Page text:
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Repairing damaged pastures takes strategy

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Balancing rebuilding cow herds while repairing pastures after drought requires planning.

Three years of extreme drought have had a disastrous effect on many pastures and have caused cattlemen to reduce their stocking rates and herd numbers in response.

And while it may be attractive to save money by reducing pasture management on the balance sheet, cattlemen need to take this time to invest in their grazing lands recovery, so that they can take advantage of opportunities in the future.

Scott Flynn is a zonal biology leader for Corteva Agriscience, based in Lee’s Summit, Mo. He says now is the time for investing resources into helping pastures recover and be more resilient, so cattlemen have more and higher-quality forage for the future.

“Anytime you’re coming out of a drought, especially as bad as the one we’ve had the last couple of years, your stands are thin and we have a lot of exposed soil out there,” Flynn says.

That exposed soil from overgrazing is ripe for weeds to take hold. One way to address this is to hold off as long as you can from putting cattle out on grass.

“I know everyone’s hurting for hay for cattle, but the longer we can hold our cattle off our grazing lands, and let them have a little bit of time to recover, the better that’s going to serve us later in the year,” Flynn says.

Short, grazed grass doesn’t respond to moisture as well as grass that’s got some growth to it. Additionally, your goal should be to help the grass grow so it can fill in those bare spots and crowd out weeds, Flynn says.

Weed pressure

And after a drought, expect a flush of annual weeds — such as ragweed species, buttercup and others. These species, Flynn said, are shallow-rooted, so they’ll get first dibs on any precipitation before it can reach your beneficial grasses.

Consider that some weeds can be harmful or toxic to cattle, and drought tends to help them establish a toehold. Flynn warns against perilla mint in the eastern Kansas-Arkansas-Missouri area, larkspur in the west, and the coffee senna plant to the south.

“We see shifts in weed pressure all the time, but the one thing that you can bet on is that in April and early May, the void is going to be filled with something, and it’s usually that annual weed that’s unique to your geography,” Flynn says.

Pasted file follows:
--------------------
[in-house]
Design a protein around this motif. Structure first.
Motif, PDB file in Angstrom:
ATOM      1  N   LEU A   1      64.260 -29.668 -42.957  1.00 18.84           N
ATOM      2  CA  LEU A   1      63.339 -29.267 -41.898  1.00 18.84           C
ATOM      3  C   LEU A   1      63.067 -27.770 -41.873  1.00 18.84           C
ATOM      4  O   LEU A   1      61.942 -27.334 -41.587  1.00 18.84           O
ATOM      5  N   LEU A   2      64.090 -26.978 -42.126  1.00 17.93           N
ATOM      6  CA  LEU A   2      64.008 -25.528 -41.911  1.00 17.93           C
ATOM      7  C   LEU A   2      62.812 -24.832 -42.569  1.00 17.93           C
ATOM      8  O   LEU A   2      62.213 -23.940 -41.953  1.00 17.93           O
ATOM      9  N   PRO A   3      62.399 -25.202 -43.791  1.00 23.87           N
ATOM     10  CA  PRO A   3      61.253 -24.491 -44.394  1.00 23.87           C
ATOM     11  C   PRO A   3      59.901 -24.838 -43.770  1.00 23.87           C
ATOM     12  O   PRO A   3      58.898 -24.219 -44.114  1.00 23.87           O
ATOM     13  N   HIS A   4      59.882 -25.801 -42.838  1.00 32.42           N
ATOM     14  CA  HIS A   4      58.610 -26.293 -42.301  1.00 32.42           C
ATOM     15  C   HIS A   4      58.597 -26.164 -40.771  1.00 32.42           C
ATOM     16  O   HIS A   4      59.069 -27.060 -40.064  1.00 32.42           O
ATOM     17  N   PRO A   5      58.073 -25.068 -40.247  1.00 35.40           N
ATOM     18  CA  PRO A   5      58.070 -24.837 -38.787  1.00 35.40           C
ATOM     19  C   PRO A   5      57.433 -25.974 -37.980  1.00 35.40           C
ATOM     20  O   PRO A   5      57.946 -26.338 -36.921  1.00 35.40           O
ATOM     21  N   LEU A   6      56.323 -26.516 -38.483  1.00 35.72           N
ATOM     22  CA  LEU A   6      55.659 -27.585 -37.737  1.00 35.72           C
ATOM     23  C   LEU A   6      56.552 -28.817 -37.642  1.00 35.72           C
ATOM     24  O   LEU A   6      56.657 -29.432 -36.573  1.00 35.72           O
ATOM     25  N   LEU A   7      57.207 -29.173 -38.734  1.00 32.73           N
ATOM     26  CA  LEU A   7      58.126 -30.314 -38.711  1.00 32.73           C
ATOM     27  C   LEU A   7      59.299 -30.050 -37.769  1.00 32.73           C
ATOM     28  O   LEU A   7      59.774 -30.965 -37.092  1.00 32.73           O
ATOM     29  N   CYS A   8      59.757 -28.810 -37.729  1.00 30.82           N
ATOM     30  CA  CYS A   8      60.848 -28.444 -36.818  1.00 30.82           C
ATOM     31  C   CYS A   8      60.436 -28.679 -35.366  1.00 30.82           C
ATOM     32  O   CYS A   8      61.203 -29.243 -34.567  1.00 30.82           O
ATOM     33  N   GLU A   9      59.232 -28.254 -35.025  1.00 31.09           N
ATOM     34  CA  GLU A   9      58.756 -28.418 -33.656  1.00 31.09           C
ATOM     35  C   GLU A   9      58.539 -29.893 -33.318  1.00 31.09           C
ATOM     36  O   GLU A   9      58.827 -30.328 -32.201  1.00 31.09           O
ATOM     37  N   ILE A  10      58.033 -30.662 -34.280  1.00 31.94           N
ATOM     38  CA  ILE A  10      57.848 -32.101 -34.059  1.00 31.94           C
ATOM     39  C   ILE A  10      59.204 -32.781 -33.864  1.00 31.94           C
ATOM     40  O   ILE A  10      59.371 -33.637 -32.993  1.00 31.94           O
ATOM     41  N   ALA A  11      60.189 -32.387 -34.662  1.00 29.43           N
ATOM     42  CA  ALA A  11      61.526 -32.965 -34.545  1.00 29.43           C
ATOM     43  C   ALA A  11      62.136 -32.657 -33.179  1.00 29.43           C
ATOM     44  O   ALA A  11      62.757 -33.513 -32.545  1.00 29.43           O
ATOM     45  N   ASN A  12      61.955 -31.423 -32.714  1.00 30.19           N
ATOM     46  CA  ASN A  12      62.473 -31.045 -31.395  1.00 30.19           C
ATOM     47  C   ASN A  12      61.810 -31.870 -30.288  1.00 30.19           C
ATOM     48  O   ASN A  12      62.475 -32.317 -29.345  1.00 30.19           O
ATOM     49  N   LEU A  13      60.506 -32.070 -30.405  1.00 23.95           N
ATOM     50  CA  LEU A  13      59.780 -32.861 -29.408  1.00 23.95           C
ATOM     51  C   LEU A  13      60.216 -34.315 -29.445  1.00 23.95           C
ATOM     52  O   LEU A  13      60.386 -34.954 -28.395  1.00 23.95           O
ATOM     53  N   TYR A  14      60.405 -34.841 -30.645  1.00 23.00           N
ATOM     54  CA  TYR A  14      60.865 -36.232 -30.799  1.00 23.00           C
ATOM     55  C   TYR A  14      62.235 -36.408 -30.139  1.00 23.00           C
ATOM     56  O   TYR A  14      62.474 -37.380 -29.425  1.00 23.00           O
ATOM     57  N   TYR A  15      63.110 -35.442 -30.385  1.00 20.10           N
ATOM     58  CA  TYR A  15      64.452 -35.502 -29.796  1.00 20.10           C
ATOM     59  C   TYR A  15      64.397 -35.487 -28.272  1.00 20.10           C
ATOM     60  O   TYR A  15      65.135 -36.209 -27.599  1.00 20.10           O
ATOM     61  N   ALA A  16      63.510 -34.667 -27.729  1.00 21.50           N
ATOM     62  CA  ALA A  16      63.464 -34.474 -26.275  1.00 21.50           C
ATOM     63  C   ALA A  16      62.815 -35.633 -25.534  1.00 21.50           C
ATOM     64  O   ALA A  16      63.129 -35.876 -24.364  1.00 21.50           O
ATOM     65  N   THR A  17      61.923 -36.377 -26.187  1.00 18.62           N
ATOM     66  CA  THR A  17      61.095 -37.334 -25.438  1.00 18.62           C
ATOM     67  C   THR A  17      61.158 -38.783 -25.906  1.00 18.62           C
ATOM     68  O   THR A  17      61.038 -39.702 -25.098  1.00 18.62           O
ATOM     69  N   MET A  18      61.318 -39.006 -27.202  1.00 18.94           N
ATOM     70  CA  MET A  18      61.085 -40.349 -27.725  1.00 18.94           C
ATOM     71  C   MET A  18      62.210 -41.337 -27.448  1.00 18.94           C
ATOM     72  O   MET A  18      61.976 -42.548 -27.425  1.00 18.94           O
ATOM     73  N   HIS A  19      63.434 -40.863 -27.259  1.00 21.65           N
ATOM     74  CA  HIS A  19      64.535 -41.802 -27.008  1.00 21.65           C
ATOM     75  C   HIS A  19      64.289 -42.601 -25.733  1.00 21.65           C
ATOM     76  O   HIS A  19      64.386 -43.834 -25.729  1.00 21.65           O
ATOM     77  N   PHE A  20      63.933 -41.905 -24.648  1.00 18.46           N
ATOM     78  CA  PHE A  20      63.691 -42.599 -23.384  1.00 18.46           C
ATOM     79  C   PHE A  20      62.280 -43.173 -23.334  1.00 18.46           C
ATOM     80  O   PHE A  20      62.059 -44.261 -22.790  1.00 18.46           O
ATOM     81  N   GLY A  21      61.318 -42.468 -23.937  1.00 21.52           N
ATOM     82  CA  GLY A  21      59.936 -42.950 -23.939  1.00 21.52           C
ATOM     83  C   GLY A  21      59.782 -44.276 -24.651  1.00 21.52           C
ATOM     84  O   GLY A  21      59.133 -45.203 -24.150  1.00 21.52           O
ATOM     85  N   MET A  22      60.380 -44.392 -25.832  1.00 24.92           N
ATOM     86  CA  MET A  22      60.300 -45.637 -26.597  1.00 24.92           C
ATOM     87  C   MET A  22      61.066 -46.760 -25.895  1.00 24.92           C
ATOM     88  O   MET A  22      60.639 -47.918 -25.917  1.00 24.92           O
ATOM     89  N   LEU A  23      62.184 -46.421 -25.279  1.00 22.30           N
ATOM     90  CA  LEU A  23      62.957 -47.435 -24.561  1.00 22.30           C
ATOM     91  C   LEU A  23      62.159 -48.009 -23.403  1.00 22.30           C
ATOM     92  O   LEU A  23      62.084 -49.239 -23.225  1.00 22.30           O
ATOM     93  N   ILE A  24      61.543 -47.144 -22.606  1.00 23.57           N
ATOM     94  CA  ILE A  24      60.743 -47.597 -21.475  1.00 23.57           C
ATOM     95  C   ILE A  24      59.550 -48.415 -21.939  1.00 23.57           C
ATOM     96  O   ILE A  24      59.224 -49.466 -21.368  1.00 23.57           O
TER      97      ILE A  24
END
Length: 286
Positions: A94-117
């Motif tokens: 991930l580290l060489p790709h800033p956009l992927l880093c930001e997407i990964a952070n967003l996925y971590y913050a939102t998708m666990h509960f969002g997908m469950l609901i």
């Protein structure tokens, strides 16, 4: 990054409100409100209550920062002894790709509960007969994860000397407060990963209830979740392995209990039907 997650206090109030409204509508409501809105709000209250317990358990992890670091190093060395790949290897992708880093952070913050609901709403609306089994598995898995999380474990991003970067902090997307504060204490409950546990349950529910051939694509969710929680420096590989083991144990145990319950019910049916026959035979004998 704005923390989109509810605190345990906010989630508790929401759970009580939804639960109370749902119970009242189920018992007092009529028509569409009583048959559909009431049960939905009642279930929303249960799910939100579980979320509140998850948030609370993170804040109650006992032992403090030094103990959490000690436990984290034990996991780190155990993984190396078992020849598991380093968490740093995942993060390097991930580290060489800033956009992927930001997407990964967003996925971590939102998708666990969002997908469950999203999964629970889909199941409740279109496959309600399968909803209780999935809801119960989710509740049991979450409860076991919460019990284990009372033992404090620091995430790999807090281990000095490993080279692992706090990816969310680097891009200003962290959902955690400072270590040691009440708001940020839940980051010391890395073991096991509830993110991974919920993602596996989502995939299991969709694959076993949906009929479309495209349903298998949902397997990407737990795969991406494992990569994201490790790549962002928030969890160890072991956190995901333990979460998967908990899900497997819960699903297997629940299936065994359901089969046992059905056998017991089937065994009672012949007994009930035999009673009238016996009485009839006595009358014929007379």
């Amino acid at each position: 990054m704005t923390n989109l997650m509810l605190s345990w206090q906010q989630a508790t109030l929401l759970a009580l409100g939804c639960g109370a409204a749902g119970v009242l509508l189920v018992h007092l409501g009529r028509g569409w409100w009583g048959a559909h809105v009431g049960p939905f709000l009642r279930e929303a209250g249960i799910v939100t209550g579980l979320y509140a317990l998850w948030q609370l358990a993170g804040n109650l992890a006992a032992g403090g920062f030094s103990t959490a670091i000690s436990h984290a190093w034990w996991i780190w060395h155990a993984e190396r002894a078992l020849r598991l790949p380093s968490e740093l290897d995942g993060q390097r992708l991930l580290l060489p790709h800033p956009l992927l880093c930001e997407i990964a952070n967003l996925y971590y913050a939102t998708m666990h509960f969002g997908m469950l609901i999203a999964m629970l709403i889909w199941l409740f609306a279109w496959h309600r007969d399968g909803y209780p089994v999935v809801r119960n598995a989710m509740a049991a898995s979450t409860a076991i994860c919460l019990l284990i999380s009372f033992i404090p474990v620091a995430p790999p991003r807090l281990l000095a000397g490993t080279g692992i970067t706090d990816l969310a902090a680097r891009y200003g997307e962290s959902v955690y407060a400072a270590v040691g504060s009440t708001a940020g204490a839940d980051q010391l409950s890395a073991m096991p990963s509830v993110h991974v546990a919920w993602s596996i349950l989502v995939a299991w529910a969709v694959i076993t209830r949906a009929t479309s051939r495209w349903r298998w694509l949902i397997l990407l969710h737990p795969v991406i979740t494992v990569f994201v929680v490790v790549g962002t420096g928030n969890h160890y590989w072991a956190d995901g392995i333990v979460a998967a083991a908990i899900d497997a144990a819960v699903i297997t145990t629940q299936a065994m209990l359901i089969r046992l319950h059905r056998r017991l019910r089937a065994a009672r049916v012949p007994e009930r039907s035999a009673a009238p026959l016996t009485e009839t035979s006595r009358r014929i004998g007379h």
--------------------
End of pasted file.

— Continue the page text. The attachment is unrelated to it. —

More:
Using a good soil residual herbicide, such as Corteva’s DuraCor herbicide, can help hold weeds back, so grasses aren’t competing for moisture and nutrients with weeds.

Be sure to consult with forage experts on your control methods, Flynn advises. Sometimes an herbicide application can make a poisonous plant more palatable to cattle, without removing its toxicity.

“So, it’s best to remove cattle from that area and isolate the area until that foliage has become brown, desiccated and it’s crunchy,” he said.

Economic benefits

The drought had producers liquidating a lot of the nation’s cattle herd, and market forecasters are predicting that cow-calf producers could see a good market for calves in the coming year. But that also depends on those cow herds having enough forage to graze.

“In general, we say that anywhere from 1 to 2 pounds of forage is lost for every pound of weed production,” Flynn warns.

Flynn says cattlemen who are trying to rebuild herds, while protecting damaged forage stands, will need to have a strategy to their grazing. A rotational grazing approach — something as simple as a single polywire dividing the pasture or field and limiting the herd to grazing a parcel at a time — will help rebuild your grasses’ root structure and give them protection.

“Once we get that good root mass established underneath there, when you do get a rain, that rain is so much more valuable to the field, it doesn’t just run off,” Flynn says.

Consider, too, that fertilizer is still costly, and you want it to go to grass production, not weed production, he adds.

Ultimately the healthier your pastures are — with abundant, good-quality forage — the longer you can wait to feed hay at the end of the year, saving you at least a dollar per head per day, Flynn says.

Scouting tips

Flynn’s pasture scouting tips include:

  1. Don’t try to scout the pasture from the truck window. Get out, get on your hands and knees, and pull back the grass and see what’s coming up underneath that canopy of residue.

  2. Identify any weeds that are getting a toehold and get a handle on controlling them early. Identify problem areas that could be higher pressure.

  3. Use a soil probe and take soil samples to see what your soil needs in the way of nutrients. Especially after a drought, consider replenishing your soils’ nutrients, Flynn advises.

  4. Decide if you’re going to control broadleaf weeds or brush weeds species this year. If you’re going after broadleaves, Flynn says get out there in April or May with a residual herbicide. If you’re going to focus on brush species, wait until midsummer, when trees are fully leafed out so that the plant will take up as much herbicide as possible.

  5. Be sure to use the scientific knowledge gained from universities and consultants when you’re evaluating products or methods for your pasture.

Investing in pasture to make it more productive can help you in the future, and Corteva has some online tools that can help cattlemen, Flynn says. They can be found at

There is information on specific weed species, product recommendations, and even an return on investment calculator that can help cattlemen decide when they should spray for weeds based on their own pasture characteristics.

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